Carsten Denkert, Jan Budczies, Tobias Kind, Wilko Weichert, Peter Tablack, Jalid Sehouli, Silvia Niesporek, Dominique Könsgen, Manfred Dietel, and Oliver Fiehn. Cancer Res 2006; 66: (22)10795-804. November 15, 2006<< Read Abstract >>Metabolites are the end products of cellular regulatory processes, and their levels can be regarded as the ultimate response of biological systems to genetic or environmental changes. We have used a metabolite profiling approach to test the hypothesis that quantitative signatures of primary metabolites can be used to characterize molecular changes in ovarian tumor tissues. Sixty-six invasive ovarian carcinomas and nine borderline tumors of the ovary were analyzed by gas chromatography/time-of-flight mass spectrometry (GCTOFMS) using a novel contamination-free injector system. After automated mass spectral deconvolution, 291 metabolites were detected, of which 114 (39.1%) were annotated as known compounds. By t test statistics with P < 0.01, 51 metabolites were significantly different between borderline tumors and carcinomas, with a false discovery rate of 7.8%, estimated with repeated permutation analysis. Principal component analysis (PCA) revealed four principal components that were significantly different between both groups, with the highest significance found for the second component (P = 0.00000009). PCA as well as additional supervised predictive models allowed a separation of 88% of the borderline tumors from the carcinomas. Our study shows for the first time that large-scale metabolic profiling using GC-TOF MS is suitable for analysis of fresh frozen human tumor samples, and that there is a consistent and significant change in primary metabolism of ovarian tumors, which can be detected using multivariate statistical approaches. We conclude that metabolomics is a promising high-throughput, automated approach in addition to functional genomics and proteomics for analyses of molecular changes in malignant tumors.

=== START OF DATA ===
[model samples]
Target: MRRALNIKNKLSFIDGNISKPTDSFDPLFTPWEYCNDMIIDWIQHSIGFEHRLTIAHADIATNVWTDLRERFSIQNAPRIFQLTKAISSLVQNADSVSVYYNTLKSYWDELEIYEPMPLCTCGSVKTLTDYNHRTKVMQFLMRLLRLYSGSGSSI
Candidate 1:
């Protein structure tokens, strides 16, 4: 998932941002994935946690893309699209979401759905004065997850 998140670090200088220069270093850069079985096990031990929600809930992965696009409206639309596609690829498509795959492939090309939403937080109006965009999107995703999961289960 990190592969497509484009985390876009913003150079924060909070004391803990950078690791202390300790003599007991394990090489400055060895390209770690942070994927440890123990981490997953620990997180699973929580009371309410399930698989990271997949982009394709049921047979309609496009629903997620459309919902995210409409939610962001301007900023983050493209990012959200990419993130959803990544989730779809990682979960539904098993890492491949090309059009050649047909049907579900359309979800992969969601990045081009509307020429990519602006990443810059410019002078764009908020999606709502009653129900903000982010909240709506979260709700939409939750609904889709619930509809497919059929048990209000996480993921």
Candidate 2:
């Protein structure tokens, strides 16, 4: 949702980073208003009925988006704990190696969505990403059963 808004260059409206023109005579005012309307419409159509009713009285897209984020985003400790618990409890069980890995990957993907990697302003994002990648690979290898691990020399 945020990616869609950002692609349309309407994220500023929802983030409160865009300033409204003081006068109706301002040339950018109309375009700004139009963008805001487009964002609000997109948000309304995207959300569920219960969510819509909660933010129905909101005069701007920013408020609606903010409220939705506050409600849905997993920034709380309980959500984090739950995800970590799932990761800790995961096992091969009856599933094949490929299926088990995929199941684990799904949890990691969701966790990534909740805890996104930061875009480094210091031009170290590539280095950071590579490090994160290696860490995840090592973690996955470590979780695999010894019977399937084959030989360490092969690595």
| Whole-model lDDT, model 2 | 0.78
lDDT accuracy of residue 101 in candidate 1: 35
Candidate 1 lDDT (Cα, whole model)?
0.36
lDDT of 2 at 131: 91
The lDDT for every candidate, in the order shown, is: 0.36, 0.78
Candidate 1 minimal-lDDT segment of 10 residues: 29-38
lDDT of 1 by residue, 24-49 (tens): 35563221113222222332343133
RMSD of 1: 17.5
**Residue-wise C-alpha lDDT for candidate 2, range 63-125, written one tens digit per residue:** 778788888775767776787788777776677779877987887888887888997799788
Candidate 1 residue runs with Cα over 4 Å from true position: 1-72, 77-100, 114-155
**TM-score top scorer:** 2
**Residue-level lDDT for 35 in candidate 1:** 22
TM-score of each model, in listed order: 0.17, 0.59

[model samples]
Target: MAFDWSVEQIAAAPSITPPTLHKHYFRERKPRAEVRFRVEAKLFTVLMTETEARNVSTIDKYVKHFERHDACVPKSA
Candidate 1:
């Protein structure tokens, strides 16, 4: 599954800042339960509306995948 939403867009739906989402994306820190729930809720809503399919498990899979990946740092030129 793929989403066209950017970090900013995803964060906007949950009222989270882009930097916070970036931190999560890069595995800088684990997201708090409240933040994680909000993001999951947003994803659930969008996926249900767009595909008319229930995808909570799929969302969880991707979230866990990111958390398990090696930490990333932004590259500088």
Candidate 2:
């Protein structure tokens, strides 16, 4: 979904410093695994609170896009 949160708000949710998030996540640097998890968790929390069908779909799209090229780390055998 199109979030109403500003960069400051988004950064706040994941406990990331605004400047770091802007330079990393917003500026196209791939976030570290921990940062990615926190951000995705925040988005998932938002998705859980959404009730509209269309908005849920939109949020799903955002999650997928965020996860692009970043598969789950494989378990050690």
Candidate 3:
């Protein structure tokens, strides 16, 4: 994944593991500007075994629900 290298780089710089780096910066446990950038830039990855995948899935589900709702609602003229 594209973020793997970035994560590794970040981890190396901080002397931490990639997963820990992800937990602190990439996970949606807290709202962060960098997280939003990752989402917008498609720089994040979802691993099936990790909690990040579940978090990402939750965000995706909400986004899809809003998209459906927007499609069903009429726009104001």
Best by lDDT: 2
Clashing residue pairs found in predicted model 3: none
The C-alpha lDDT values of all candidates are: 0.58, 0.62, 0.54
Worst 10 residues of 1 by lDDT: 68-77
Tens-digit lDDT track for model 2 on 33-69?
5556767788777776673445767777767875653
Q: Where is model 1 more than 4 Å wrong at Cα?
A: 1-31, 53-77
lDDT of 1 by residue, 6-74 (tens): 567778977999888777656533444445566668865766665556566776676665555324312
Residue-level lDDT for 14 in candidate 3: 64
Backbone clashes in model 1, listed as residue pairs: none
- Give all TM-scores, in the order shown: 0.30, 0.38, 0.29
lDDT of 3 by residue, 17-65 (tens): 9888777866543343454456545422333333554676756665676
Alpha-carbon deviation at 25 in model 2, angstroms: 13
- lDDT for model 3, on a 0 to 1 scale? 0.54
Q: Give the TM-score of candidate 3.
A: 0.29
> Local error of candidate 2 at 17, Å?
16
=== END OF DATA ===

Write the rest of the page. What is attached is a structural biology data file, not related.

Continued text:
- Screening of tropical fruit volatile compounds using solid-phase microextraction (SPME) fibers and internally cooled SPME fiber
Carasek E, Pawliszyn J. J Agric Food Chem. 2006 Nov 15;54(23):8688-96.<< Read Abstract >>In this study, the optimization and comparison of an internally cooled fiber [cold fiber with polydimethylsiloxane (PDMS) loading] and several commercial solid-phase microextraction (SPME) fibers for the extraction of volatile compounds from tropical fruits were performed. Automated headspace solid-phase microextraction (HS-SPME) using commercial fibers and an internally cooled SPME fiber device coupled to gas chromatography-mass spectrometry (GC-MS) was used to identify the volatile compounds of five tropical fruits. Pulps of yellow passion fruit (Passiflora edulis), cashew (Anacardium occidentale), tamarind (Tamarindus indica L.), acerola (Malphigia glabra L.), and guava (Psidium guajava L.) were sampled. The extraction conditions were optimized using two experimental designs (full factorial design and Doehlert matrix) to analyze the main and secondary effects. The volatile compounds tentatively identified included alcohols, esters, carbonyl compounds, and terpernes. It was found that the cold fiber was the most appropriate fiber for the purpose of extracting volatile compounds from the five fruit pulps studied.